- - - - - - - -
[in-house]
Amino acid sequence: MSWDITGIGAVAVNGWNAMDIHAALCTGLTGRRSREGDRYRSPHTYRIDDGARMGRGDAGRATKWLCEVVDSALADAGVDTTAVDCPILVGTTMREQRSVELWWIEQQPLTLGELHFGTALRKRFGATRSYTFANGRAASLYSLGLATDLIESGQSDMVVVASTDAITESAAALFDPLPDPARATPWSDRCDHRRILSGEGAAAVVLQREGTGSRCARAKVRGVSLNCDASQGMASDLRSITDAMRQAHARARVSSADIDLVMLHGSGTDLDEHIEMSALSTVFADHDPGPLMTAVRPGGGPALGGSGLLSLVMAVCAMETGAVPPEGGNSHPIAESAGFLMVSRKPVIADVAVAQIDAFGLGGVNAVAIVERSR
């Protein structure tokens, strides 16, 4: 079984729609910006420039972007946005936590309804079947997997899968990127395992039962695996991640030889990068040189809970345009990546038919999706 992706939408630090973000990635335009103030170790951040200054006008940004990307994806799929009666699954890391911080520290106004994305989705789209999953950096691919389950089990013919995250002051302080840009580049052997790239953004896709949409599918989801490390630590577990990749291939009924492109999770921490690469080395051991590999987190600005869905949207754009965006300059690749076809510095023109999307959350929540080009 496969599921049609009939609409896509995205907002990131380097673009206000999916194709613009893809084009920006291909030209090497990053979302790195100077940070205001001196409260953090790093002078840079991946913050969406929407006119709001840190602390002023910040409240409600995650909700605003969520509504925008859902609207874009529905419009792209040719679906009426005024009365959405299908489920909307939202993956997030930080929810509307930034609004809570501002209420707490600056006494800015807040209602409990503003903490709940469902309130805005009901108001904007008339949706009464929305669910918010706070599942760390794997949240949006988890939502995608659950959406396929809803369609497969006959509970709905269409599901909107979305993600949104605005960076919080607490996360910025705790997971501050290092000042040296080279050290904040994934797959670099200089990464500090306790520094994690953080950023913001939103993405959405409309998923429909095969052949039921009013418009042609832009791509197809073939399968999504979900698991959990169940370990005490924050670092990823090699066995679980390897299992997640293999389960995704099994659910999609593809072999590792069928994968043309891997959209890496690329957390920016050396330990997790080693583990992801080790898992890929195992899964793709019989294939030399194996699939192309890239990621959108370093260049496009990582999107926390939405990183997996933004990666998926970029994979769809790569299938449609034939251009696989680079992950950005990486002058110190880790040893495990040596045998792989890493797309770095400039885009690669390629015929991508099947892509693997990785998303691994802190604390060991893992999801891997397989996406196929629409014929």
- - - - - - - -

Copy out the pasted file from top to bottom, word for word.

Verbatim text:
[in-house]
Amino acid sequence: MSWDITGIGAVAVNGWNAMDIHAALCTGLTGRRSREGDRYRSPHTYRIDDGARMGRGDAGRATKWLCEVVDSALADAGVDTTAVDCPILVGTTMREQRSVELWWIEQQPLTLGELHFGTALRKRFGATRSYTFANGRAASLYSLGLATDLIESGQSDMVVVASTDAITESAAALFDPLPDPARATPWSDRCDHRRILSGEGAAAVVLQREGTGSRCARAKVRGVSLNCDASQGMASDLRSITDAMRQAHARARVSSADIDLVMLHGSGTDLDEHIEMSALSTVFADHDPGPLMTAVRPGGGPALGGSGLLSLVMAVCAMETGAVPPEGGNSHPIAESAGFLMVSRKPVIADVAVAQIDAFGLGGVNAVAIVERSR
């Protein structure tokens, strides 16, 4: 079984729609910006420039972007946005936590309804079947997997899968990127395992039962695996991640030889990068040189809970345009990546038919999706 992706939408630090973000990635335009103030170790951040200054006008940004990307994806799929009666699954890391911080520290106004994305989705789209999953950096691919389950089990013919995250002051302080840009580049052997790239953004896709949409599918989801490390630590577990990749291939009924492109999770921490690469080395051991590999987190600005869905949207754009965006300059690749076809510095023109999307959350929540080009 496969599921049609009939609409896509995205907002990131380097673009206000999916194709613009893809084009920006291909030209090497990053979302790195100077940070205001001196409260953090790093002078840079991946913050969406929407006119709001840190602390002023910040409240409600995650909700605003969520509504925008859902609207874009529905419009792209040719679906009426005024009365959405299908489920909307939202993956997030930080929810509307930034609004809570501002209420707490600056006494800015807040209602409990503003903490709940469902309130805005009901108001904007008339949706009464929305669910918010706070599942760390794997949240949006988890939502995608659950959406396929809803369609497969006959509970709905269409599901909107979305993600949104605005960076919080607490996360910025705790997971501050290092000042040296080279050290904040994934797959670099200089990464500090306790520094994690953080950023913001939103993405959405409309998923429909095969052949039921009013418009042609832009791509197809073939399968999504979900698991959990169940370990005490924050670092990823090699066995679980390897299992997640293999389960995704099994659910999609593809072999590792069928994968043309891997959209890496690329957390920016050396330990997790080693583990992801080790898992890929195992899964793709019989294939030399194996699939192309890239990621959108370093260049496009990582999107926390939405990183997996933004990666998926970029994979769809790569299938449609034939251009696989680079992950950005990486002058110190880790040893495990040596045998792989890493797309770095400039885009690669390629015929991508099947892509693997990785998303691994802190604390060991893992999801891997397989996406196929629409014929």